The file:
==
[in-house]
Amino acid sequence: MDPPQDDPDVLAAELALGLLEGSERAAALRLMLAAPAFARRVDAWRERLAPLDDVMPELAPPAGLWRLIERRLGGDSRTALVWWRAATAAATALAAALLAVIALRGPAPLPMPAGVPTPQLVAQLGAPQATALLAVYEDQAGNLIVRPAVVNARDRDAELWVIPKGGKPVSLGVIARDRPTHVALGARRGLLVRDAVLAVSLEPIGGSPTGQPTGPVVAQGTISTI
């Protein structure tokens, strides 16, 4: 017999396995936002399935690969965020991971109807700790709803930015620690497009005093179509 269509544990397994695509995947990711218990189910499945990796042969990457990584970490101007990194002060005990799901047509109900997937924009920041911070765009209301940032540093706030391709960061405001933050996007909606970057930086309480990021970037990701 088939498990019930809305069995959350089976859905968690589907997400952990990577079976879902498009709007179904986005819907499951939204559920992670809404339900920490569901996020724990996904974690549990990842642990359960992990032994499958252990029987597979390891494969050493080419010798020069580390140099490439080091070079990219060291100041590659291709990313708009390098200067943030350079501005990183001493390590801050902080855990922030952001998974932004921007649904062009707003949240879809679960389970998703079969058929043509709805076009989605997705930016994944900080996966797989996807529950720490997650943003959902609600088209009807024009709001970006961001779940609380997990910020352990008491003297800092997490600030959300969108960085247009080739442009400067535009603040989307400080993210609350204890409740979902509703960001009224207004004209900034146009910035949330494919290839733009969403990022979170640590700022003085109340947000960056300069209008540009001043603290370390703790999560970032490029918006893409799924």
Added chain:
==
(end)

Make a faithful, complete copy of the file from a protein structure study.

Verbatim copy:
[in-house]
Amino acid sequence: MDPPQDDPDVLAAELALGLLEGSERAAALRLMLAAPAFARRVDAWRERLAPLDDVMPELAPPAGLWRLIERRLGGDSRTALVWWRAATAAATALAAALLAVIALRGPAPLPMPAGVPTPQLVAQLGAPQATALLAVYEDQAGNLIVRPAVVNARDRDAELWVIPKGGKPVSLGVIARDRPTHVALGARRGLLVRDAVLAVSLEPIGGSPTGQPTGPVVAQGTISTI
């Protein structure tokens, strides 16, 4: 017999396995936002399935690969965020991971109807700790709803930015620690497009005093179509 269509544990397994695509995947990711218990189910499945990796042969990457990584970490101007990194002060005990799901047509109900997937924009920041911070765009209301940032540093706030391709960061405001933050996007909606970057930086309480990021970037990701 088939498990019930809305069995959350089976859905968690589907997400952990990577079976879902498009709007179904986005819907499951939204559920992670809404339900920490569901996020724990996904974690549990990842642990359960992990032994499958252990029987597979390891494969050493080419010798020069580390140099490439080091070079990219060291100041590659291709990313708009390098200067943030350079501005990183001493390590801050902080855990922030952001998974932004921007649904062009707003949240879809679960389970998703079969058929043509709805076009989605997705930016994944900080996966797989996807529950720490997650943003959902609600088209009807024009709001970006961001779940609380997990910020352990008491003297800092997490600030959300969108960085247009080739442009400067535009603040989307400080993210609350204890409740979902509703960001009224207004004209900034146009910035949330494919290839733009969403990022979170640590700022003085109340947000960056300069209008540009001043603290370390703790999560970032490029918006893409799924």
Added chain: